Interested in legitimate ways to make money from home? Bookmark these articles:

Out-of-Town Landlord Scam

The “Out-of-Town Landlord” scam is also quite common, but is a little bit easier to spot.

In fact, one of my friends that owns a rental property has had this exact thing happen to her.

Here’s how it works. Lazy scammers will clone or copy legitimate rental ads but reduce the price and change the contact information.

From the outside there is no way to tell which ad is the original and which is the fake.

When you reply to the ad via Craigslist, you have no idea whether you are emailing the real owner or the scammer. Then, the scammer will send you a long winded story about how they are out of town and are looking for a responsible renter to take care of their property.

Here’s the catch: in order to take advantage of the discounted rent offer, they require a deposit and first month’s rent via wire transfer.

If you weren’t suspicious by the reduced rent price, or strange backstory, the words “wire transfer” or “Western Union” should tip you off that this is a scam.

Before you put down a deposit on an apartment, make sure you tour the property and talk to the owner or property manager directly.

When looking for an apartment to rent, take your time and ask smart questions. A little due diligence will help you avoid 90% of Craigslist rental scams.

Rent to Own Scams

Lately I’ve been receiving many questions from our readers that want to buy a house, about rent-to-own options.

As it turns out, these companies are often associated with Craigslist rental scams.

Most of the rent-to-own offers you will find on Craigslist are actually posted by lead generation companies. They post photos of houses that were previously available as rent-to-own and ask you to fill out an application. After they have your contact information, they attempt to sell it to mortgage companies on a per lead basis.

You may also encounter companies that sell access to their database of pre-foreclosure or rent-to-own homes. Usually they charge an upfront fee plus an additional $20 to $40 per month.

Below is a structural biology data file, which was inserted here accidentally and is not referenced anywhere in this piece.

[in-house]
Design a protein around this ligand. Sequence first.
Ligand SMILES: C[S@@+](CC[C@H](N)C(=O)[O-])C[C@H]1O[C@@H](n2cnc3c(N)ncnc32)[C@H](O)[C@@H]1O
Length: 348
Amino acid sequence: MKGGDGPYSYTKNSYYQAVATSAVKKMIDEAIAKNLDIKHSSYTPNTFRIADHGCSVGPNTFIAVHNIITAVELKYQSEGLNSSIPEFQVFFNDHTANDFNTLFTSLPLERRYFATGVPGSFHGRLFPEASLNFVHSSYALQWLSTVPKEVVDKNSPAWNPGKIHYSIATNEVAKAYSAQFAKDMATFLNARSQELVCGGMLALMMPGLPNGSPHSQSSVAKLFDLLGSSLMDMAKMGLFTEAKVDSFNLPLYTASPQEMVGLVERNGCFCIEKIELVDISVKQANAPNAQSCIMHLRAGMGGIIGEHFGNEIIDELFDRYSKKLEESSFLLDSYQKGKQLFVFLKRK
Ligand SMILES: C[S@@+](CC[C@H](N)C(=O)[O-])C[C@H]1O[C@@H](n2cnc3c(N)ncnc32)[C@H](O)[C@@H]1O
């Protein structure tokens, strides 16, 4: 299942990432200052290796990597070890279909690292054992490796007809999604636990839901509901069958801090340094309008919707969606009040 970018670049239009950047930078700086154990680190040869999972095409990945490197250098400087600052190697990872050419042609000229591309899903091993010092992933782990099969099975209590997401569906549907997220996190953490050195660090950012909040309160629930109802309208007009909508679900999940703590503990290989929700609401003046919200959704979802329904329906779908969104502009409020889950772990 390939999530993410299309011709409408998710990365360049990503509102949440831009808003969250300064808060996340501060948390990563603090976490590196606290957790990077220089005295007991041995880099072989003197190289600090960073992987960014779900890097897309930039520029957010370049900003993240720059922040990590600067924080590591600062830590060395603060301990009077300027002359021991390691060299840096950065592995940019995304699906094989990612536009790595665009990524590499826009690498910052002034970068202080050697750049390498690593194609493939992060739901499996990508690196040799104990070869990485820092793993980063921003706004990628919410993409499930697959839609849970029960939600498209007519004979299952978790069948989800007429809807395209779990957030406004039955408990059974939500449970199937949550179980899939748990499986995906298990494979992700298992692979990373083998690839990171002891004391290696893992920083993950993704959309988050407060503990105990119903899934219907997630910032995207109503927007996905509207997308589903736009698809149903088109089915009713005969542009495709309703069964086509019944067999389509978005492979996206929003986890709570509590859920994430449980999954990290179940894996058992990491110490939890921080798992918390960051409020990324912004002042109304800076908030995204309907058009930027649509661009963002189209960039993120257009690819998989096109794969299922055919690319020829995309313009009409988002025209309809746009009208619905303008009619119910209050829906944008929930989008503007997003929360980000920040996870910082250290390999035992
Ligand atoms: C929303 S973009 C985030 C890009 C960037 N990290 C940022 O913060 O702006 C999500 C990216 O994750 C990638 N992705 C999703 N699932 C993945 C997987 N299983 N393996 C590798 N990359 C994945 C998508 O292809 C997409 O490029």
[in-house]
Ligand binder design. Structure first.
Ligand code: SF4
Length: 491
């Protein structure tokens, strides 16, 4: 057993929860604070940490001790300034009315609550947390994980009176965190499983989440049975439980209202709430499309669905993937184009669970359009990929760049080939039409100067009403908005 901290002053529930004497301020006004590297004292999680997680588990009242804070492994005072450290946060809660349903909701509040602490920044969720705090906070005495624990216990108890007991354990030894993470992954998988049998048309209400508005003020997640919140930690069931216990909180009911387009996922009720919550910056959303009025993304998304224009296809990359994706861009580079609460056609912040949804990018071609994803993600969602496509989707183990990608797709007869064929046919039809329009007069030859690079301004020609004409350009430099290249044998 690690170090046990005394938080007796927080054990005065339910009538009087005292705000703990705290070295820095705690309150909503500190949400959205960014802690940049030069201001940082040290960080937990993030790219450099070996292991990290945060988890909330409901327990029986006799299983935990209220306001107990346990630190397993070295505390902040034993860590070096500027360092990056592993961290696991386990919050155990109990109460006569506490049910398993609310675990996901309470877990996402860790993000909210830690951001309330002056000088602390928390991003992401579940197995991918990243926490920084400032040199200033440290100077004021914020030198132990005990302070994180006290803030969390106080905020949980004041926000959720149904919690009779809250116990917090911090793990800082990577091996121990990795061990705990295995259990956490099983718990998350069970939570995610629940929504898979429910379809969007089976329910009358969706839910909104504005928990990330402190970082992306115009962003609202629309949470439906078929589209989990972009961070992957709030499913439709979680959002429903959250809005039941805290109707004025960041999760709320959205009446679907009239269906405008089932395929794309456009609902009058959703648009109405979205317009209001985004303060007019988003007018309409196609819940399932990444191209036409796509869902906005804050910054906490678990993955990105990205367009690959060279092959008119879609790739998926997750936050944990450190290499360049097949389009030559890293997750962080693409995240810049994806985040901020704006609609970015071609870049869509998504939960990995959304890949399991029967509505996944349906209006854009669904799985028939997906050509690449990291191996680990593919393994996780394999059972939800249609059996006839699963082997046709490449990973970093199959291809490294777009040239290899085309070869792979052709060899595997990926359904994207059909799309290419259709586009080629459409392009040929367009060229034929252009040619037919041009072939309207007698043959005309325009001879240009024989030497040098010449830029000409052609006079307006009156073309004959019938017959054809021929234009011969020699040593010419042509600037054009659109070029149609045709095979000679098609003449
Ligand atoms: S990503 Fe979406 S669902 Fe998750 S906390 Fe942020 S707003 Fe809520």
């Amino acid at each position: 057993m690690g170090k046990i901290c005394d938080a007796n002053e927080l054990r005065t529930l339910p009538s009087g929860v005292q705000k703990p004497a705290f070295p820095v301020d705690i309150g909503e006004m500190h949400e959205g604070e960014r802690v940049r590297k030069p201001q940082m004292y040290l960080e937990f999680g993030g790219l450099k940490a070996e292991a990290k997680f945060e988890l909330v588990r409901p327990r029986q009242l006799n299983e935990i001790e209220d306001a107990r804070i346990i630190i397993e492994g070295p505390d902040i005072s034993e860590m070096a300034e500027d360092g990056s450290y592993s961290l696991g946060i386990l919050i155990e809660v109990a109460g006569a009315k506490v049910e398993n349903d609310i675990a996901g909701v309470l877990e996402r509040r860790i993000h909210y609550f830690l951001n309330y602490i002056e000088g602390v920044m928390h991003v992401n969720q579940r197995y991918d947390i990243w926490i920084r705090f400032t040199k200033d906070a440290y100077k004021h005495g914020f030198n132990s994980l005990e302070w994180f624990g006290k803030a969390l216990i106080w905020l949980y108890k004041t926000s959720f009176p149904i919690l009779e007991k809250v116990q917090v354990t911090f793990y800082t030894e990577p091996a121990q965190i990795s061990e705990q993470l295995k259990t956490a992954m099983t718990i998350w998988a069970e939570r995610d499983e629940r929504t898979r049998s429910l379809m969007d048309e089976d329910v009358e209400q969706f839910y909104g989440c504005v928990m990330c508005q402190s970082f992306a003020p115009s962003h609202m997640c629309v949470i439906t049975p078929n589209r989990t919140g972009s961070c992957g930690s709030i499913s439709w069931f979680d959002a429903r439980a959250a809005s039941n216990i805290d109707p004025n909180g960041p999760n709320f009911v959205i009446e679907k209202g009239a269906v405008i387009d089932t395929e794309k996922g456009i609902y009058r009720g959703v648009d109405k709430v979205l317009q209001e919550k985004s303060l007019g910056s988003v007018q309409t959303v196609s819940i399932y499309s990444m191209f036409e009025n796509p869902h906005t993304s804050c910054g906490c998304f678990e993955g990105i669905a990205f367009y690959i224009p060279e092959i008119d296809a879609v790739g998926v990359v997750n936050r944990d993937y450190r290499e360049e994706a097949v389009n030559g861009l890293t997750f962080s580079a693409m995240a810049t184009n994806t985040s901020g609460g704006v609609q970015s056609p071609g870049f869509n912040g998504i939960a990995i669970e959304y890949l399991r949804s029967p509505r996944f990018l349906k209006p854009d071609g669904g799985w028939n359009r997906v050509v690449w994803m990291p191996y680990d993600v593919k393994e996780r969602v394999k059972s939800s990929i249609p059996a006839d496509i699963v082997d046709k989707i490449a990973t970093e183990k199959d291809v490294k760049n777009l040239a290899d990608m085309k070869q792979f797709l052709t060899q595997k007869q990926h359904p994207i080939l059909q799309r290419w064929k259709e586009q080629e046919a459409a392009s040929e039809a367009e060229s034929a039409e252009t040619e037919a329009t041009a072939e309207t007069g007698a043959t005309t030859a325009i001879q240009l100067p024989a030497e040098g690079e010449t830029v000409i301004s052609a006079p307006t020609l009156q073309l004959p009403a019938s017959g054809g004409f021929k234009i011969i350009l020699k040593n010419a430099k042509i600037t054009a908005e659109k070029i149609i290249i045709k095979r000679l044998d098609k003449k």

Many of our readers have told me horror stories about these database companies. After you pay your fee, you get access to a database that is completely worthless or inaccurate.

While there are a few legitimate companies that offer rent-to-own financing, I would be very careful who you give your contact information or credit card number to.

If you are interested in a review of the companies I trust, let me know in the comments below and I will be happy to share with you.


These were just a few of the most common Craigslist rental scams I’ve encountered. Unfortunately, there are probably dozens of others I’ve never heard of.

My hope is that you will use this information to protect yourself and your family from potential scammers on Craigslist.

While not all ads on Craigslist are scams, you should be very suspicious of ads that seem too good to be true or ask for upfront payment.

Always tour the house or apartment before putting down a deposit and verify you are dealing with the owner or approved property manager.

It can take some amateur detective work to find this information out, but it is always worth the effort.

If you have any experience with Craigslist rental scams please feel free to share your story in the comments below.